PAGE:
An interesting inequality-question on the proof

1. Sep 4, 2008

jeffreydk

An interesting inequality--question on the proof...

I am working on the following proof and have gotten about half way;

If $$a_1, a_2, \ldots , a_n$$ are positive real numbers then

$$\sqrt[n]{a_1 \cdots a_n} \leq \frac{a_1+a_2+\ldots +a_n}{n}$$

By induction, I started by showing it for n=2, which goes as follows.

We must show that $$\sqrt{a_1 a_2} \leq \frac{a_1+a_2}{2}$$. So consider some s, a positive real number. If

$$\sqrt{a_1 a_2} \leq s \Rightarrow \sqrt{a_1 a_2} \leq \frac{\sqrt{a_1a_2}+s}{2} \leq s$$

And since $$\sqrt{a_1a_2}<a_1+a_2-\sqrt{a_1a_2}$$, just let that equal s. Then it follows that,

$$\sqrt{a_1a_2} \leq \frac{\sqrt{a_1a_2}+a_1+a_2-\sqrt{a_1a_2}}{2}$$

Where after simplification we have shown that $$\sqrt{a_1 a_2} \leq \frac{a_1+a_2}{2}$$ or in other words it is true for n=2.

Now for the next part of the proof, I think we must show that if it is true for $$n=2^m$$ then it is also true for $$n=2^{m+1}$$. And then we must also show it if $$2^m < n < 2^{m+1}$$, but this is where I am stumped. Sorry for the choppiness in my explanation. Thanks for any assistance, I appreciate it.

2. Sep 4, 2008

snipez90

Re: An interesting inequality--question on the proof...

Eh, well the n = 2 case could be proved in an easier way just be multiplying both side by 2, squaring, rearranging, and factoring. It follows from the trivial inequality $$x^2 \geq 0$$

As for the induction, I'm not sure why you use n = 2^m since it works for any natural number n. Anyways AM-GM is not easy to prove by induction since you have to apply an algorithm that is also used in a proof without induction.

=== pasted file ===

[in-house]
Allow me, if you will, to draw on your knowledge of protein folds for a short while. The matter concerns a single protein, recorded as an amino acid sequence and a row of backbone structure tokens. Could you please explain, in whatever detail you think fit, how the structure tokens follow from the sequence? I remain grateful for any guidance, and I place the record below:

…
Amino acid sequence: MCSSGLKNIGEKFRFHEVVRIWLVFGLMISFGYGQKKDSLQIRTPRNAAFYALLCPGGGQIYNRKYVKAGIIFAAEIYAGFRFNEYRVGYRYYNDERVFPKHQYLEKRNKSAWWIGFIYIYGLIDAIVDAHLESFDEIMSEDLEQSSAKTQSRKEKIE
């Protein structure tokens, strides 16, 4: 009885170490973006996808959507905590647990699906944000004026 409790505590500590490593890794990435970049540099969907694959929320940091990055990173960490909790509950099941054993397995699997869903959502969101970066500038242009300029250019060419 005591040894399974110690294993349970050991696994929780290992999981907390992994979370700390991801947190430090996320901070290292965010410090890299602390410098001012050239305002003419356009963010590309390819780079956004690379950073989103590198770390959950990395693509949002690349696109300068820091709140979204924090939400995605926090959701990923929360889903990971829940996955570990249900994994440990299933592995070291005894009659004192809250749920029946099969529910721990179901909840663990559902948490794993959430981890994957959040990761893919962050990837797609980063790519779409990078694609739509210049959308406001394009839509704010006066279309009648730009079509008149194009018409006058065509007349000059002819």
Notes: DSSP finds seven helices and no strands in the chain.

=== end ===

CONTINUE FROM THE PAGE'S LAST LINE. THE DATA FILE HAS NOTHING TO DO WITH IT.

3. Sep 5, 2008

morphism

Re: An interesting inequality--question on the proof...

Actually, one of the classical proofs of the AM-GM inequality is an inductive one. The proof is due to Cauchy, and it follows the main ideas in the OP, i.e. inducting on powers of 2.

There was a thread on this sometime back, here is the link. Check it out and post back if you need further help.

4. Sep 5, 2008

jeffreydk

Re: An interesting inequality--question on the proof...

Oh alright, I didn't realize this was such a famous proof (Cauchy). Thanks for alerting me to that reference.

5. Sep 6, 2008

Count Iblis

Re: An interesting inequality--question on the proof...

It can also be derived from the inequality

$$\exp(x)\geq 1+x$$ (1)

This is trivial to prove. It follows from this that:

$$\left\langle\exp(X)\right\rangle = \exp\left(\left\langle X\right \rangle\right)\left\langle\exp\left(X - \left\langle X\right \rangle\right)\right\rangle$$

Apply (1) to the last factor:

$$\left\langle\exp\left(X - \left\langle X\right \rangle\right)\right\rangle\geq \left\langle 1 + X - \left\langle X\right \rangle\right\rangle = 1$$

So, we have:

$$\left\langle\exp(X)\right\rangle \geq \exp\left(\left\langle X\right \rangle\right)$$ (2)

This is a special case of the convex inequality and the AM-GM inequality is a straightforward consequence of that inequality. But the convex inequality requires a bit more work to prove. The AM-GM inequality follows from (2) by taking X to be the logarithms of the a_i. The average on the l.h.s. is then the arithmetic mean, while on the r.h.s. you get the geometric mean.

Share this great discussion with others via Reddit, Google+, Twitter, or Facebook